The emissions-fiddling controversy keeps getting uglier.
It's fairly common knowledge that Volkswagen isn't the only car company that's been implicated in Dieselgate. To date, the likes of Audi, SEAT, Skoda and Porsche have also been found to have sold cars fitted with devices that allow the (diesel) engine to circumvent emissions test regulations. However, as you know, the firms listed are all part of the VW Group, so the controversy has been contained to the German conglomerate. That is until now, with a new report by Reuters implicating a third party.
In said article, it's claimed that the German engineering company Bosch (which supplies software and parts for Volkswagen to use in its cars) had been working "hand-in-glove" with Volkswagen to engineer the cheat device that's been found in certain VW Group diesel engines. According to the lawyers representing disgruntled Volkswagen customers in a new case that's been filed in the US District Court in San Francisco, new confidential documents it has access to indicate that Bosch was a "knowing and active participant" in the development of these controversial devices. Other details and assertions are being kept under seal for the time being, but the charges we do know of are pretty damning.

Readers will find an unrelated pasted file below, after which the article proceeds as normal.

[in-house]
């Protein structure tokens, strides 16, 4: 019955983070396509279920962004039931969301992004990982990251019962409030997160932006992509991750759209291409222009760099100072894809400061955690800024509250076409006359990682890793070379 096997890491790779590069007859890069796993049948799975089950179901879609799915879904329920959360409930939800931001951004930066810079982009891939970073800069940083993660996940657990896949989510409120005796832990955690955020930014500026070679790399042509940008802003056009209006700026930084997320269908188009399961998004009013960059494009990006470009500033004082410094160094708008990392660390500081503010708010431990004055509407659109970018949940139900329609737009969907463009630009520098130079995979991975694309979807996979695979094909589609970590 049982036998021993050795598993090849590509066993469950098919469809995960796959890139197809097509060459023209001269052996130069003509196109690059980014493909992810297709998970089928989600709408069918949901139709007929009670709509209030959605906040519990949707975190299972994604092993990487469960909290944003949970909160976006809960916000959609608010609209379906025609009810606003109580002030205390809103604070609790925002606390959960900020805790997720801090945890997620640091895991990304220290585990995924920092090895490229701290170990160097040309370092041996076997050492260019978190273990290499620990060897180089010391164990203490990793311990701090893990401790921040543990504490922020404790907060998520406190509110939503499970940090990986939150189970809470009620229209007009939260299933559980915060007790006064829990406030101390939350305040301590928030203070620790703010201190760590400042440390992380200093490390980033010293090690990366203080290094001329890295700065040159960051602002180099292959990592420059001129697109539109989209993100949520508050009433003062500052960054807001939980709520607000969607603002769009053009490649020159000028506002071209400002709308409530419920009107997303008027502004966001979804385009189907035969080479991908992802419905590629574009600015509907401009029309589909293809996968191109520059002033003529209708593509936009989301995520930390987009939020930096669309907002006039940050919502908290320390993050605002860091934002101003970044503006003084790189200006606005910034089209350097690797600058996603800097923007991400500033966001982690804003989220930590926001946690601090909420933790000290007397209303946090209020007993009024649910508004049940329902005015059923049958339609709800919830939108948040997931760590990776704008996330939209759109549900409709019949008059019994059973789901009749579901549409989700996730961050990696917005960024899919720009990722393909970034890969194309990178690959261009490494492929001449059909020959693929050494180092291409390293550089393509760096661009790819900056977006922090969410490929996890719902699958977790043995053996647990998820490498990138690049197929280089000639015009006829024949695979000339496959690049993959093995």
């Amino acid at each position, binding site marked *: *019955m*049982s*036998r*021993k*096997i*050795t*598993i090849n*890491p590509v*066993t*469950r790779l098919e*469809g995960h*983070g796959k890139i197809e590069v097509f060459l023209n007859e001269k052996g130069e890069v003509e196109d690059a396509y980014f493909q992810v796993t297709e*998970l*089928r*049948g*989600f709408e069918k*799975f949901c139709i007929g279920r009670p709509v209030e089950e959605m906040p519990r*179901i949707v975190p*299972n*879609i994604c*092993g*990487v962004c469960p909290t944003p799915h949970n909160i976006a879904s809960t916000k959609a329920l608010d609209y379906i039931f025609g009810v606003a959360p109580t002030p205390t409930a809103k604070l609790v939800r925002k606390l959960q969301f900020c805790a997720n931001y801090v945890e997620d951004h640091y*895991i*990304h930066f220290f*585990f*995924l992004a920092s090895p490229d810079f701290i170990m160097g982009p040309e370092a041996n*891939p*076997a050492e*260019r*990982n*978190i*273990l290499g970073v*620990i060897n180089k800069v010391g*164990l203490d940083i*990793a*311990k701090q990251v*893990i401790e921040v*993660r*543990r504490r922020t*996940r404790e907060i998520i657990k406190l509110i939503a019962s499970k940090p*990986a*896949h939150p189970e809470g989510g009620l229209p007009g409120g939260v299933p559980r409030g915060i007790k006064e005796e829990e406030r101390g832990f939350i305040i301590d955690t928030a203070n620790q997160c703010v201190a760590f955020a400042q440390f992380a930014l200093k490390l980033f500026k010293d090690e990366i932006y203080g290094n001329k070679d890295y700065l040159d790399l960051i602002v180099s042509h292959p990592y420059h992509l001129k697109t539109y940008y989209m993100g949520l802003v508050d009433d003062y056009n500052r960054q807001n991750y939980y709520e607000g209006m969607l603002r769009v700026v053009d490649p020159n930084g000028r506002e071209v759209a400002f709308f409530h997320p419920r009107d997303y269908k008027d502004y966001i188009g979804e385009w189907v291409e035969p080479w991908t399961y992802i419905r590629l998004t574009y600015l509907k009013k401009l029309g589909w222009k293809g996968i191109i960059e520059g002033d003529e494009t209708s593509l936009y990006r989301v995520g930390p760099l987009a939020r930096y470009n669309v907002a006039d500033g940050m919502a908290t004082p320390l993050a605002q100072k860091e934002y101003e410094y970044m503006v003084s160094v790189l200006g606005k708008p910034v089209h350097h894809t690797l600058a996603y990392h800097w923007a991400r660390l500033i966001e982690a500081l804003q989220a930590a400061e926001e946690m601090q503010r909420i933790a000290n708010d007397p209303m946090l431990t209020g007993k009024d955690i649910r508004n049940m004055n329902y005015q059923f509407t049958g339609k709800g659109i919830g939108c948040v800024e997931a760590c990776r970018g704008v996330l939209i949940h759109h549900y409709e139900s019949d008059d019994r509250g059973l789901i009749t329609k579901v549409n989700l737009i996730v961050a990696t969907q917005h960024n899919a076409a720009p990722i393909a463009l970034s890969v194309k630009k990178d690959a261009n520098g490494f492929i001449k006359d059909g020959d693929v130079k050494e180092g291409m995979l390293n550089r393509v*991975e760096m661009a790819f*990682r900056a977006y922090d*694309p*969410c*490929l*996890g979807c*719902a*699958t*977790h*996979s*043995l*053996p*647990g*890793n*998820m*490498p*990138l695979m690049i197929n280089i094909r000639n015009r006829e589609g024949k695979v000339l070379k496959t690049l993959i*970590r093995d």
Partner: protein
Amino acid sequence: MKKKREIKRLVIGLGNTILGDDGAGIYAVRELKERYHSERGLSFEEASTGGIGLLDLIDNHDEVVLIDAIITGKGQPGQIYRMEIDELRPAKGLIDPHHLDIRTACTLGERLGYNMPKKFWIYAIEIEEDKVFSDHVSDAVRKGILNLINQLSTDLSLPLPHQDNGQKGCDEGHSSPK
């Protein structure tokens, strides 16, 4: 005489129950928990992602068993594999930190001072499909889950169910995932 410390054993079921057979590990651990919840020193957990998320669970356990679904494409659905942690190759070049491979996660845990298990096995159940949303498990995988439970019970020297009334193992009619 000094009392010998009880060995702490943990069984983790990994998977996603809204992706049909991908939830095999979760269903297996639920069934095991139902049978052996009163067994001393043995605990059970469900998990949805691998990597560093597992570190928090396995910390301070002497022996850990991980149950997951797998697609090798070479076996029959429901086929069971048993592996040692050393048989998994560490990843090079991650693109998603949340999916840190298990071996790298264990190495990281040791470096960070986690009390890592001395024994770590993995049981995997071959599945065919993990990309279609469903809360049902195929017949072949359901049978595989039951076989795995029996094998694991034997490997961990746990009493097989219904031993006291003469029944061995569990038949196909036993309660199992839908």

Especially as this wouldn't be the first time Bosch has been linked to the Dieselgate. Back in November 2015, Reuters also reported the US Department for Justice was investigating Bosch, in order to ascertain whether the company did have any involvement in the emissions-fiddling affair. At this early stage it's impossible to say whether Bosch is indeed at least partly responsible for the development of the cheat device. And, as the case has just been filed, we won't know the verdict for a good while now. Once the judgement is made, though, it'll be interesting to see what impact it'll have on the the VW diesel emission's crisis.